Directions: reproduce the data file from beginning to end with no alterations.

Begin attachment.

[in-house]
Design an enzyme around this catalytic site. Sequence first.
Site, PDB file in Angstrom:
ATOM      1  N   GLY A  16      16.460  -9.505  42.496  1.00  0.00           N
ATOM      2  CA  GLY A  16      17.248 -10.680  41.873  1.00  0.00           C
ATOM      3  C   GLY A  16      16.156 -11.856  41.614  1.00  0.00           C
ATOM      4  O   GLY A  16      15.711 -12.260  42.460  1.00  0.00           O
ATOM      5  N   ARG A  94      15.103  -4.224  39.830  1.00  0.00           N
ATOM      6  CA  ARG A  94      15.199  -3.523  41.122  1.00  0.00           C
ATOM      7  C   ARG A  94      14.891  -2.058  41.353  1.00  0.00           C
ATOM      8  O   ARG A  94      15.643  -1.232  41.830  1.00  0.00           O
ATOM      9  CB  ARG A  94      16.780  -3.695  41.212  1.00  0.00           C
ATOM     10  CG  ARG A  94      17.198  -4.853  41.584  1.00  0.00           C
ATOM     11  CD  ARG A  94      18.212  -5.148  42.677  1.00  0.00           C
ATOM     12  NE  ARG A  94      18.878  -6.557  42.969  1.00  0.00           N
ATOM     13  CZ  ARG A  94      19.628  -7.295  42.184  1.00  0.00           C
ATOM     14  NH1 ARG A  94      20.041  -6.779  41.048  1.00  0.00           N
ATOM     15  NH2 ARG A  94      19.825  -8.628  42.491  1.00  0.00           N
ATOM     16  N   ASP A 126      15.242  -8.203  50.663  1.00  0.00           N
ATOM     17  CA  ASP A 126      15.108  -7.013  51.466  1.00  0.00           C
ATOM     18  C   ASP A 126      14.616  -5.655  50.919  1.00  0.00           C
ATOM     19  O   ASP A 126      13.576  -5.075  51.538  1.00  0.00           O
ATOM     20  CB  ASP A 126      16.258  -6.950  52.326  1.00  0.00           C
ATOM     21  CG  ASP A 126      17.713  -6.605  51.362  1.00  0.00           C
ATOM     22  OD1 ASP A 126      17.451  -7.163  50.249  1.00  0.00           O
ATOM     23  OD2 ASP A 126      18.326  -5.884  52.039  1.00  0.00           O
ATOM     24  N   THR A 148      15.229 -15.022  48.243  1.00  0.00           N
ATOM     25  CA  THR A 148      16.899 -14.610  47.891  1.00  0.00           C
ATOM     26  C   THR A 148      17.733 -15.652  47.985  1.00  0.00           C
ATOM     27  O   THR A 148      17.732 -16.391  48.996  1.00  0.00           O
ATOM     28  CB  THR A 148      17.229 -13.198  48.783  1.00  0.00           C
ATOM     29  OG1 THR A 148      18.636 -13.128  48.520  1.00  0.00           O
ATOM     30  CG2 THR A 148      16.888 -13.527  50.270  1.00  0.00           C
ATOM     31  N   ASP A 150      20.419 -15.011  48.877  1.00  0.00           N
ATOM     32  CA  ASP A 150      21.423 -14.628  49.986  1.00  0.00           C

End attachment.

[in-house]
Design an enzyme around this catalytic site. Sequence first.
Site, PDB file in Angstrom:
ATOM      1  N   GLY A  16      16.460  -9.505  42.496  1.00  0.00           N
ATOM      2  CA  GLY A  16      17.248 -10.680  41.873  1.00  0.00           C
ATOM      3  C   GLY A  16      16.156 -11.856  41.614  1.00  0.00           C
ATOM      4  O   GLY A  16      15.711 -12.260  42.460  1.00  0.00           O
ATOM      5  N   ARG A  94      15.103  -4.224  39.830  1.00  0.00           N
ATOM      6  CA  ARG A  94      15.199  -3.523  41.122  1.00  0.00           C
ATOM      7  C   ARG A  94      14.891  -2.058  41.353  1.00  0.00           C
ATOM      8  O   ARG A  94      15.643  -1.232  41.830  1.00  0.00           O
ATOM      9  CB  ARG A  94      16.780  -3.695  41.212  1.00  0.00           C
ATOM     10  CG  ARG A  94      17.198  -4.853  41.584  1.00  0.00           C
ATOM     11  CD  ARG A  94      18.212  -5.148  42.677  1.00  0.00           C
ATOM     12  NE  ARG A  94      18.878  -6.557  42.969  1.00  0.00           N
ATOM     13  CZ  ARG A  94      19.628  -7.295  42.184  1.00  0.00           C
ATOM     14  NH1 ARG A  94      20.041  -6.779  41.048  1.00  0.00           N
ATOM     15  NH2 ARG A  94      19.825  -8.628  42.491  1.00  0.00           N
ATOM     16  N   ASP A 126      15.242  -8.203  50.663  1.00  0.00           N
ATOM     17  CA  ASP A 126      15.108  -7.013  51.466  1.00  0.00           C
ATOM     18  C   ASP A 126      14.616  -5.655  50.919  1.00  0.00           C
ATOM     19  O   ASP A 126      13.576  -5.075  51.538  1.00  0.00           O
ATOM     20  CB  ASP A 126      16.258  -6.950  52.326  1.00  0.00           C
ATOM     21  CG  ASP A 126      17.713  -6.605  51.362  1.00  0.00           C
ATOM     22  OD1 ASP A 126      17.451  -7.163  50.249  1.00  0.00           O
ATOM     23  OD2 ASP A 126      18.326  -5.884  52.039  1.00  0.00           O
ATOM     24  N   THR A 148      15.229 -15.022  48.243  1.00  0.00           N
ATOM     25  CA  THR A 148      16.899 -14.610  47.891  1.00  0.00           C
ATOM     26  C   THR A 148      17.733 -15.652  47.985  1.00  0.00           C
ATOM     27  O   THR A 148      17.732 -16.391  48.996  1.00  0.00           O
ATOM     28  CB  THR A 148      17.229 -13.198  48.783  1.00  0.00           C
ATOM     29  OG1 THR A 148      18.636 -13.128  48.520  1.00  0.00           O
ATOM     30  CG2 THR A 148      16.888 -13.527  50.270  1.00  0.00           C
ATOM     31  N   ASP A 150      20.419 -15.011  48.877  1.00  0.00           N
ATOM     32  CA  ASP A 150      21.423 -14.628  49.986  1.00  0.00           C